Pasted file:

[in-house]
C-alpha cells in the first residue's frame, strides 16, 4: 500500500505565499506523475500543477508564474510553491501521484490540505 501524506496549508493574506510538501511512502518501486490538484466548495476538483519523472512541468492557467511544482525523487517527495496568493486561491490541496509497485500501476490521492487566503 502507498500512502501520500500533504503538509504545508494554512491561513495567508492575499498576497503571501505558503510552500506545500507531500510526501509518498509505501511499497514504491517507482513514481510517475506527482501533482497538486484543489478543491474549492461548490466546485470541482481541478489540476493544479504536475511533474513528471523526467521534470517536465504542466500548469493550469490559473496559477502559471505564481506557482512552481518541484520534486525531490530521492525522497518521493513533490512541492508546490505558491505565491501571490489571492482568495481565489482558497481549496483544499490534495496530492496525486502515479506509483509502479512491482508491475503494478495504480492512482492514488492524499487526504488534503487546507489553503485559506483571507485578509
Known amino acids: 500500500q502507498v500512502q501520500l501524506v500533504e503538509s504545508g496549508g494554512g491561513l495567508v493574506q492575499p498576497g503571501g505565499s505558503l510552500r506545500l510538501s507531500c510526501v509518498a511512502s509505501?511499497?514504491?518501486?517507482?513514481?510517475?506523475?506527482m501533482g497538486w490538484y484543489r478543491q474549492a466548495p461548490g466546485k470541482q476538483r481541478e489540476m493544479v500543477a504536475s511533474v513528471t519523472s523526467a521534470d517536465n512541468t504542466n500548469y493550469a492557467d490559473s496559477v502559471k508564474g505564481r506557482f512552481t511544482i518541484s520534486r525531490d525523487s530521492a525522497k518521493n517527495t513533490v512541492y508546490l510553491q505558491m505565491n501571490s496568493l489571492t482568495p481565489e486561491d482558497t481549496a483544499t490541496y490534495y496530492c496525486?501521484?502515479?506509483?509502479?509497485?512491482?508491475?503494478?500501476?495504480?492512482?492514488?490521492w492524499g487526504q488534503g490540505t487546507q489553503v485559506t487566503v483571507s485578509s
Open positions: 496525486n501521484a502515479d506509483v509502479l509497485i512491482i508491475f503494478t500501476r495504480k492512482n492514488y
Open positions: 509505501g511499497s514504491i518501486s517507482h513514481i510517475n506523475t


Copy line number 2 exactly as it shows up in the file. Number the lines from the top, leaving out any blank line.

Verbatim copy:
C-alpha cells in the first residue's frame, strides 16, 4: 500500500505565499506523475500543477508564474510553491501521484490540505 501524506496549508493574506510538501511512502518501486490538484466548495476538483519523472512541468492557467511544482525523487517527495496568493486561491490541496509497485500501476490521492487566503 502507498500512502501520500500533504503538509504545508494554512491561513495567508492575499498576497503571501505558503510552500506545500507531500510526501509518498509505501511499497514504491517507482513514481510517475506527482501533482497538486484543489478543491474549492461548490466546485470541482481541478489540476493544479504536475511533474513528471523526467521534470517536465504542466500548469493550469490559473496559477502559471505564481506557482512552481518541484520534486525531490530521492525522497518521493513533490512541492508546490505558491505565491501571490489571492482568495481565489482558497481549496483544499490534495496530492496525486502515479506509483509502479512491482508491475503494478495504480492512482492514488492524499487526504488534503487546507489553503485559506483571507485578509